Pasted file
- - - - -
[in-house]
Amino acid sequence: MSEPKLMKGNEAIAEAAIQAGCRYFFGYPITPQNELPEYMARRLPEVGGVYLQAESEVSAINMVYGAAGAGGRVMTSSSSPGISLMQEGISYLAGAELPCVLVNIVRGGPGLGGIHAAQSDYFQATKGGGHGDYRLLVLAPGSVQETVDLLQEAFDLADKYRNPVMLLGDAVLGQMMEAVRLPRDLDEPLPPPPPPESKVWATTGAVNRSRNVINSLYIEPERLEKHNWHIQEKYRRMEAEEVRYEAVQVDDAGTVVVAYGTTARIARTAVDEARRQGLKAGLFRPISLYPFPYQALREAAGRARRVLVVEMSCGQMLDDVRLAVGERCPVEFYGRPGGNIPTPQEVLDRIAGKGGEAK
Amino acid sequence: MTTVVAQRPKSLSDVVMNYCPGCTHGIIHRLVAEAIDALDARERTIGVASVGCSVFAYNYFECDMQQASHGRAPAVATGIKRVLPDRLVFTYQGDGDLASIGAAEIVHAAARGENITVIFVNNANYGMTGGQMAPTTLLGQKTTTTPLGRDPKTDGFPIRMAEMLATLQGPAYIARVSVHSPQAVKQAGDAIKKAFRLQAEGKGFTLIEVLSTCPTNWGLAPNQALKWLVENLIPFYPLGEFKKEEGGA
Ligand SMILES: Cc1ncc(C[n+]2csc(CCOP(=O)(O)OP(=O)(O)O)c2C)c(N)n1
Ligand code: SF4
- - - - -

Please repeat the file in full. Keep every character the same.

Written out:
[in-house]
Amino acid sequence: MSEPKLMKGNEAIAEAAIQAGCRYFFGYPITPQNELPEYMARRLPEVGGVYLQAESEVSAINMVYGAAGAGGRVMTSSSSPGISLMQEGISYLAGAELPCVLVNIVRGGPGLGGIHAAQSDYFQATKGGGHGDYRLLVLAPGSVQETVDLLQEAFDLADKYRNPVMLLGDAVLGQMMEAVRLPRDLDEPLPPPPPPESKVWATTGAVNRSRNVINSLYIEPERLEKHNWHIQEKYRRMEAEEVRYEAVQVDDAGTVVVAYGTTARIARTAVDEARRQGLKAGLFRPISLYPFPYQALREAAGRARRVLVVEMSCGQMLDDVRLAVGERCPVEFYGRPGGNIPTPQEVLDRIAGKGGEAK
Amino acid sequence: MTTVVAQRPKSLSDVVMNYCPGCTHGIIHRLVAEAIDALDARERTIGVASVGCSVFAYNYFECDMQQASHGRAPAVATGIKRVLPDRLVFTYQGDGDLASIGAAEIVHAAARGENITVIFVNNANYGMTGGQMAPTTLLGQKTTTTPLGRDPKTDGFPIRMAEMLATLQGPAYIARVSVHSPQAVKQAGDAIKKAFRLQAEGKGFTLIEVLSTCPTNWGLAPNQALKWLVENLIPFYPLGEFKKEEGGA
Ligand SMILES: Cc1ncc(C[n+]2csc(CCOP(=O)(O)OP(=O)(O)O)c2C)c(N)n1
Ligand code: SF4